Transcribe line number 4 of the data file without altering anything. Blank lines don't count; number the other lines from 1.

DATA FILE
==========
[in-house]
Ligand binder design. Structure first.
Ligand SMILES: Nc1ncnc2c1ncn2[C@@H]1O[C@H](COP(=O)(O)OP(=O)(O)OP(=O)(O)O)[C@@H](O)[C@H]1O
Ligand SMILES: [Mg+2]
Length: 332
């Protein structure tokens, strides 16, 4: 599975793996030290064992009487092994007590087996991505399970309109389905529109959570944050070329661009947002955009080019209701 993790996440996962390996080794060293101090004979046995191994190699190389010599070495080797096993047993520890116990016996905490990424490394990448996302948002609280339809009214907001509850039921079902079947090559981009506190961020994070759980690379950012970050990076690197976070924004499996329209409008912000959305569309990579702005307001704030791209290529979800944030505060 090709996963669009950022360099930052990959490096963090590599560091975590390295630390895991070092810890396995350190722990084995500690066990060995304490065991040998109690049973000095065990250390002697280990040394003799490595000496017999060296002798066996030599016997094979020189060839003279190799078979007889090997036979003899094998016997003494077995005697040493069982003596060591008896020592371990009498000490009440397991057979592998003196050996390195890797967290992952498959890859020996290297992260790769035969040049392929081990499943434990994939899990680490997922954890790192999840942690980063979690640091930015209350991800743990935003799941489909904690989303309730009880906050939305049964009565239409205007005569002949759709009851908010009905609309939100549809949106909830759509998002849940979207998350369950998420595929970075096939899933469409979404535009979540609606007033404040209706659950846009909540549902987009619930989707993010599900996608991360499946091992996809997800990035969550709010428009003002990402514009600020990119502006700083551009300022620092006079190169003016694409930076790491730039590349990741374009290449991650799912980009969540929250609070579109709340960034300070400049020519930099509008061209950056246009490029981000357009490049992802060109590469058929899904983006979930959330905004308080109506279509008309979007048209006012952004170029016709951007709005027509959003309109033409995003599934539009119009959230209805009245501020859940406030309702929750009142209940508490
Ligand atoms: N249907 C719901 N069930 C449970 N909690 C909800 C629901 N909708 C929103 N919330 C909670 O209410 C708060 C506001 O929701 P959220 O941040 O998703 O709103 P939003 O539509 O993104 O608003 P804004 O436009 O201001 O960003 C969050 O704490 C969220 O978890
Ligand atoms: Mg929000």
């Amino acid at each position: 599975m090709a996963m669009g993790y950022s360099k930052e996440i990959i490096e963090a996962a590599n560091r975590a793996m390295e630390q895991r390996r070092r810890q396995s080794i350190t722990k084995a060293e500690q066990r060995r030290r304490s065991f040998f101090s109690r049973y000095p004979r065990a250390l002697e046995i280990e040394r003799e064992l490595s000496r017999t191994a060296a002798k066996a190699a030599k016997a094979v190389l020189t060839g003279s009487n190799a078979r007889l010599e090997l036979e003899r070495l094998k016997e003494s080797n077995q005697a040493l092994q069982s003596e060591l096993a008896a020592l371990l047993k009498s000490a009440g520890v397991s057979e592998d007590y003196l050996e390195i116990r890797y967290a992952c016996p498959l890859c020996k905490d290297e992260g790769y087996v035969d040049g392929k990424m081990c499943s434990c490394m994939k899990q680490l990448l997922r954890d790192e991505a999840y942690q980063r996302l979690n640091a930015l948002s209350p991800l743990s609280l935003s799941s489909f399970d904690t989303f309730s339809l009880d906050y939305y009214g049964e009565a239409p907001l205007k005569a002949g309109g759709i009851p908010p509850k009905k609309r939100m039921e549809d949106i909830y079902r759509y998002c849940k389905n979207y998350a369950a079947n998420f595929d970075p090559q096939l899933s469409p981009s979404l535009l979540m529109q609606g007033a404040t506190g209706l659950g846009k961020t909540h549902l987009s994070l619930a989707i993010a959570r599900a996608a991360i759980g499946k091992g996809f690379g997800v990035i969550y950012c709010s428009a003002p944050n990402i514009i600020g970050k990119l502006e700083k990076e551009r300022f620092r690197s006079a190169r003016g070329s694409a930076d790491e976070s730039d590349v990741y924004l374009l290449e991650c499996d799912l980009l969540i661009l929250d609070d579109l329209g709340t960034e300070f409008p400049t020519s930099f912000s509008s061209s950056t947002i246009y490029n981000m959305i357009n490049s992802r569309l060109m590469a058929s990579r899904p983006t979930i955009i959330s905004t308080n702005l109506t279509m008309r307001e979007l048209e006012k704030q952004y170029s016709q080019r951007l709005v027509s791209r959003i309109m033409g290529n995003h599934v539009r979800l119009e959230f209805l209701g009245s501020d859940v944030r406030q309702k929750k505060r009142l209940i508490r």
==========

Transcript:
Ligand SMILES: [Mg+2]